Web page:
Volunteer Newsletter Archive


Help out Eagle Creek Park with its many activities to keep the park running smoothly.


Eagle Creek Park looks for individuals and businesses to offer us support by volunteering their time and expertise, which plays an essential role in Eagle Creek Park’s overall success and service to the public. As patrons visit the park, we want to provide them with unsurpassed customer service and an opportunity to create a memorable experience.


Park naturalists can especially use volunteers who are willing to be trained in helping with structured hikes for school groups and the public, assist with programs or as docents in the center’s exhibit rooms, and help to cover our front desks/phones.

We’d like to thank our 200+ current volunteers for all of their hard work and dedication to our park. They selflessly volunteer almost 900 hours per month on average. In 2015, individual volunteers and groups contributed over 13,000 hours at our park!



  How to Become a Volunteer  





Volunteers must be at least 13 years of age. If you are between the ages of 13-16, you must be accompanied by a parent or guardian at all times while volunteering at the park. Parents and guardians must also fill out a volunteer application. Adults must pass a background check before volunteering, which usually takes 2 weeks to process.


The need for volunteers may vary throughout the year. For more information on volunteer opportunities and how to apply to become a volunteer, please contact our volunteer coordinator Janice Parks. Her office hours are typically Monday–Wednesday but may vary due to special events/activities.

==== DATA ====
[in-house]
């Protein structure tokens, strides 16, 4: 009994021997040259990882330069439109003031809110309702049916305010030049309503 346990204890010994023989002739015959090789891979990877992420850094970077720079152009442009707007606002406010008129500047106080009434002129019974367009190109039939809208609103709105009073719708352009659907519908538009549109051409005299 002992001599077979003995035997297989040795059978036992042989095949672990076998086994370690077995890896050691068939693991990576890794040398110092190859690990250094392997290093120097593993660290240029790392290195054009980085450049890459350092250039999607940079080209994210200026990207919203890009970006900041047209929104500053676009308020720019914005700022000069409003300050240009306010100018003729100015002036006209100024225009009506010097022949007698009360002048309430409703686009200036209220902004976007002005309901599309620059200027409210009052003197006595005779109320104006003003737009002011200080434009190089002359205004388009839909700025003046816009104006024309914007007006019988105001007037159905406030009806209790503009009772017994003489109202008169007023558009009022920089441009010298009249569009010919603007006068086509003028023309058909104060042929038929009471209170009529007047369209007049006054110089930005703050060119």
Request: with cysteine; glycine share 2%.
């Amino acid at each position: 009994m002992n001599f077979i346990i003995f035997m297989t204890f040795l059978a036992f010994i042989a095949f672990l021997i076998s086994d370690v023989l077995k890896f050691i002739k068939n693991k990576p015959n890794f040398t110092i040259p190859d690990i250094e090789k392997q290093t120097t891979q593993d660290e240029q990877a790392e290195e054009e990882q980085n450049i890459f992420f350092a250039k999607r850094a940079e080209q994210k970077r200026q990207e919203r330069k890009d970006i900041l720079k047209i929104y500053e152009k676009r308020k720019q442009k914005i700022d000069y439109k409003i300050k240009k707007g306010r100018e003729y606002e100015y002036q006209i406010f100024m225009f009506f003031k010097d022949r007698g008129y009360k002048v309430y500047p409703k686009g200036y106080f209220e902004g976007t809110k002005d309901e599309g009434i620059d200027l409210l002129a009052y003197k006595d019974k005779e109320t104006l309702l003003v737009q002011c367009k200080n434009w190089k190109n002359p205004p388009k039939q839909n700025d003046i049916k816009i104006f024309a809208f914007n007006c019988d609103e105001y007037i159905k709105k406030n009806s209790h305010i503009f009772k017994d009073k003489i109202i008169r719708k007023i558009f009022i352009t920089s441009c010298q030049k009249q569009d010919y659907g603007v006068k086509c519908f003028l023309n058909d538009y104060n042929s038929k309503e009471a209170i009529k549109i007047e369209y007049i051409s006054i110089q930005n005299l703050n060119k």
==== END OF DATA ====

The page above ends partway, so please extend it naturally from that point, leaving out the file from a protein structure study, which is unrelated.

Eagle Creek Park Admin. Office
7840 W. 56th St.
Indianapolis, IN 46254


Foundation Volunteer Opportunities


Fishing Derby
Flyer and goody bag distribution, registration, set-up & tear-down, food & beverage, parking, fishing gear distribution, grilling, fishing guidance, EMT stand-by.


Iron Eagle Paddle & Run
Water aid stations, road crossings, medal distribution, registration, t-shirt distribution, boat management, after party.


Art shows
Set up, food prep, greeting, clean-up.



Park Volunteer Opportunities


Animal Care
Feeding, changing water, cleaning tanks/enclosures, turtle care, etc.

Bird feeders
Filling, cleaning, transporting bird seed.

Bulletin Boards/Kiosks/Displays
Design or update existing displays, collect information for posting, etc.

Coffee Talks
Set up, food prep, clean-up, give presentations.


Docent Earth Discovery Center/Ornithology Center
Engage and interact with visitors in exhibit areas.


Indoor/Outdoor Maintenance:
Assist with projects, cleaning, painting, repair, etc.

Invasive Plant Control
See details below!

Write articles.

Public/School/Scout Programs at Earth Discovery Center/Ornithology Center
Give or assist with presentations and lead or assist “bird dog” on hikes.

Volunteer Training

Welcome Desk at the Earth Discovery Center/Ornithology Center/Park Office
Answer phones, greet visitors.


Preserve & Protect: Join the Invasive Species Strike Team!